Controlling or isolating web tension can be critical to various processes, such as coating or laminating. Vacuum rollers often are employed to isolate web tension by either pulling the web or holding it back. In doing so, vacuum rollers can sustain large tension differentials within a single web line. The positive grip and control helps minimize web stretching and resulting web breaks, even with lightweight films at very low tensions.

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Giorgio Girardi, plant engineering manager at Arkwright, has found vacuum rolls to be the surest way to maintain proper web tension and consistent coating while avoiding scratches to coated surfaces caused by the double-sided contact of nip rolls or “S” wraps. Arkwright currently employs three vacuum rollers on one coater and two vacuum rollers on another coater.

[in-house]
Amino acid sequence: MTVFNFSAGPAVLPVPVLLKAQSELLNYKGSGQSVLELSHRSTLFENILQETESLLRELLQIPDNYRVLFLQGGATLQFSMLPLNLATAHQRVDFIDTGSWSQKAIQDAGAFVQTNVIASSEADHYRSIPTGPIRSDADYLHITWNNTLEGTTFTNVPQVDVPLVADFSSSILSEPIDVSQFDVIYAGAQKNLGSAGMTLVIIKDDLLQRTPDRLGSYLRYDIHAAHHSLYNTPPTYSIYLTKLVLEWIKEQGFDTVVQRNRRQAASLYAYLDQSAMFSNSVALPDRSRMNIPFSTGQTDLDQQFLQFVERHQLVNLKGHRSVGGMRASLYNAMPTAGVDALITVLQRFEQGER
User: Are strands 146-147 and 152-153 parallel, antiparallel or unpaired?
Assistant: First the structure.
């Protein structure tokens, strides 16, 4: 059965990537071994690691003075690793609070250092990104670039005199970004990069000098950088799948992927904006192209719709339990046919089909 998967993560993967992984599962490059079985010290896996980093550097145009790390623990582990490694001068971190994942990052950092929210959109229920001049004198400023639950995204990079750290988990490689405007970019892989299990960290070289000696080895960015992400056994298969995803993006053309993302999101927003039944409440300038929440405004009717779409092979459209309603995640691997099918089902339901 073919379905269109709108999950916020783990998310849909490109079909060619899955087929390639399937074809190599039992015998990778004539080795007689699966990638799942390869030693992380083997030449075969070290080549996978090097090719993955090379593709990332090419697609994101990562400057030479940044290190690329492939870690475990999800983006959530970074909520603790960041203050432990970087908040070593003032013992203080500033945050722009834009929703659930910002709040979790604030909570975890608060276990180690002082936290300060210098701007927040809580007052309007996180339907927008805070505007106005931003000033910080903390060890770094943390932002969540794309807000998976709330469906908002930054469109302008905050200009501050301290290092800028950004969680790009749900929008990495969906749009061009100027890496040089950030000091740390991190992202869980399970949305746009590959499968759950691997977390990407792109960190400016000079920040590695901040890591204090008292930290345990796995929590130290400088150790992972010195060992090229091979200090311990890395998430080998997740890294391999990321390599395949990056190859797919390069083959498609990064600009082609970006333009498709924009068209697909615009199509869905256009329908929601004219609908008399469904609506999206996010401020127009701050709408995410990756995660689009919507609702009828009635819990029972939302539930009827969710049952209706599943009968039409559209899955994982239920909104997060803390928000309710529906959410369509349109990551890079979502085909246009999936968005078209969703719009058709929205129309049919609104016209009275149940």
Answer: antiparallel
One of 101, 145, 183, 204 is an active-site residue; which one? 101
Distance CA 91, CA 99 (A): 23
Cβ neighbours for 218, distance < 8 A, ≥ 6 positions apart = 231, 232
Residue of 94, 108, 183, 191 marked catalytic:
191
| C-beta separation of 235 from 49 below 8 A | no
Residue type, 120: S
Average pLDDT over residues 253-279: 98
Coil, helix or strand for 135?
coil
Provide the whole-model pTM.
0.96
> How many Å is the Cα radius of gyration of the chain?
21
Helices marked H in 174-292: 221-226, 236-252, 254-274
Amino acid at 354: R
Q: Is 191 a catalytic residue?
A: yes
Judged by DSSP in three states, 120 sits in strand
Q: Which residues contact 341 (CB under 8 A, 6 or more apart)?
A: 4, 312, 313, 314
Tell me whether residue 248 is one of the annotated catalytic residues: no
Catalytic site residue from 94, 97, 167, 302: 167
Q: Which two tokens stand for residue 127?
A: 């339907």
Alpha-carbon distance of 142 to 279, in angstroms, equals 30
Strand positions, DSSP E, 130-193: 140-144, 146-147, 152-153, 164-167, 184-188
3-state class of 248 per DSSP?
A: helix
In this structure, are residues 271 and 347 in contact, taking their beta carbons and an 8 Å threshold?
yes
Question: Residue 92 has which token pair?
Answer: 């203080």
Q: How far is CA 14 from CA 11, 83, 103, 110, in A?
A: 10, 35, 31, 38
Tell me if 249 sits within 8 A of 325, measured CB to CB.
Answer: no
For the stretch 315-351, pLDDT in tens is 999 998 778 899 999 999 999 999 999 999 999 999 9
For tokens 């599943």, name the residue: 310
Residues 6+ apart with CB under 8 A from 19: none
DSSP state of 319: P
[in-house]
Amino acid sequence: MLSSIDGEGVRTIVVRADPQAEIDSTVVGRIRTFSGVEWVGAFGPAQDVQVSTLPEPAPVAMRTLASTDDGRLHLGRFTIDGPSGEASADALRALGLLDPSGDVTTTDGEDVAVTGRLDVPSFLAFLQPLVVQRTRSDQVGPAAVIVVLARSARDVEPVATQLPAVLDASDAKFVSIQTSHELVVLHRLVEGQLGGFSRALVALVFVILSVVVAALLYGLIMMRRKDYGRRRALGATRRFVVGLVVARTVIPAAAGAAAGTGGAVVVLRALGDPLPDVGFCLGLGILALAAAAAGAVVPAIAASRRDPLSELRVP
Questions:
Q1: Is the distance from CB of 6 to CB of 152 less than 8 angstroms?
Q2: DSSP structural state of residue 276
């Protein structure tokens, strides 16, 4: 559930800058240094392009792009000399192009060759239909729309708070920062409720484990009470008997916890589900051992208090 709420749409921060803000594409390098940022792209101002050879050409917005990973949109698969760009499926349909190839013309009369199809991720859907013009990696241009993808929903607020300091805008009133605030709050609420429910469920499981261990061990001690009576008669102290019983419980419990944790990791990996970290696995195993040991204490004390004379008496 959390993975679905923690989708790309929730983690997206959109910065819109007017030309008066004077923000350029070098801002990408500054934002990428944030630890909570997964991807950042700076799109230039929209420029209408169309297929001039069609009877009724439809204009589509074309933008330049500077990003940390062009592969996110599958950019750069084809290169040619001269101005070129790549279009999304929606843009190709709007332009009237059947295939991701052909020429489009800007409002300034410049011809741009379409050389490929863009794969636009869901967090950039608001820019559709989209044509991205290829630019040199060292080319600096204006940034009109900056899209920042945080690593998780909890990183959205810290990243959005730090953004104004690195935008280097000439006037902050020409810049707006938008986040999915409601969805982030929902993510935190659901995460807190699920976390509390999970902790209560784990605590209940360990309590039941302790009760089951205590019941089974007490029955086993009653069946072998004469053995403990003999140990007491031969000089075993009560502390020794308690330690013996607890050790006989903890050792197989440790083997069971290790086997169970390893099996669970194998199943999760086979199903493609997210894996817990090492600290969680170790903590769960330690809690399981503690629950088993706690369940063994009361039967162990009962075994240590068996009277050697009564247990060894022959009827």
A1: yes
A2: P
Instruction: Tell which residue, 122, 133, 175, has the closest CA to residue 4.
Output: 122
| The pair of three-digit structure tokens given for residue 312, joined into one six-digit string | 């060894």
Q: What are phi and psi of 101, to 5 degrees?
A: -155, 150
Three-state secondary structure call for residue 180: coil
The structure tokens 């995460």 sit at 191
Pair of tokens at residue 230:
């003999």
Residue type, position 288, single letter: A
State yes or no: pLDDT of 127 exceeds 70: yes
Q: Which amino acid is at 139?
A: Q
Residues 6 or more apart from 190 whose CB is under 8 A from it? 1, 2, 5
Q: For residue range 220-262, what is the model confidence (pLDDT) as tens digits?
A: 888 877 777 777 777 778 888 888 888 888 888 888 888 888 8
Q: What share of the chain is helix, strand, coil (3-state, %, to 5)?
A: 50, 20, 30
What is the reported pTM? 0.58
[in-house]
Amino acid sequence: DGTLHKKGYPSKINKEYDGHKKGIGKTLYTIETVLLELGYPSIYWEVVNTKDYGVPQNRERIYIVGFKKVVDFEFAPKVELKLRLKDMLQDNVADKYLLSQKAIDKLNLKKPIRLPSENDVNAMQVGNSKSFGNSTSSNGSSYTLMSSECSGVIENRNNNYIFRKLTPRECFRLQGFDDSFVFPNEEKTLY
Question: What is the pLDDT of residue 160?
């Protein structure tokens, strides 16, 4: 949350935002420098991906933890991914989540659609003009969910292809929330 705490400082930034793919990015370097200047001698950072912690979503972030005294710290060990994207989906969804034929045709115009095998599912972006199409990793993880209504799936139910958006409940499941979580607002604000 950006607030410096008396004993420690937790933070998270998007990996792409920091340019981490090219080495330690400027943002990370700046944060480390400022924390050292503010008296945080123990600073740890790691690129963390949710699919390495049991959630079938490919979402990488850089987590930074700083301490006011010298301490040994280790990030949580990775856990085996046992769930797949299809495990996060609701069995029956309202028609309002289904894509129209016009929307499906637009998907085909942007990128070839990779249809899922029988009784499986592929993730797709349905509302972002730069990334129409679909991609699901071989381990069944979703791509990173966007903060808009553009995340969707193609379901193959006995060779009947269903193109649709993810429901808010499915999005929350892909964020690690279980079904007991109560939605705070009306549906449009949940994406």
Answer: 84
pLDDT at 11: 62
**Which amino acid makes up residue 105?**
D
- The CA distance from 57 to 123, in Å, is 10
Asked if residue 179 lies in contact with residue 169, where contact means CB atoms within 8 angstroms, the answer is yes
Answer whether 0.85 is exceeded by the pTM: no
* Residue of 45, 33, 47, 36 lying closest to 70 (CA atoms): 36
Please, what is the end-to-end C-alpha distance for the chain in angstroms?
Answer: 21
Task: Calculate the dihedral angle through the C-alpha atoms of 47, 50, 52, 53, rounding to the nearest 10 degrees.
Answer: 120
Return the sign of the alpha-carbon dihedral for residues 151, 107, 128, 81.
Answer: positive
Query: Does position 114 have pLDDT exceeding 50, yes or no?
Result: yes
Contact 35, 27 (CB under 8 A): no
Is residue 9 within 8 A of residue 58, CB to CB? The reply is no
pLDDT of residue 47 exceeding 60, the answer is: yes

Coating operations, like those at Arkwright and Green Bay Packaging, use vacuum rollers to isolate web tension in floatation dryers and prevent web flutter, ensuring consistent drying of web coatings (see Figure 3). Mendolla explains, “At Green Bay Packaging, one vacuum roller pulls the coated web right before the dryer. There's another vacuum roller at the exit. This way we regulate web tension inside the dryer from end to end.”

Safer Alternative to Nip Rolls

Nip rolls are a potential source of worker injuries. This factor alone has led some web processors to specify vacuum rollers wherever possible.

Unlike nip rolls, vacuum rollers will not produce scratches, imprints, and wrinkles in the web that result in unusable material. Moreover, vacuum rollers save operator time by eliminating nip adjustments for web thickness, by providing better access for web threading, and by avoiding the need to manually close nips before starting a line.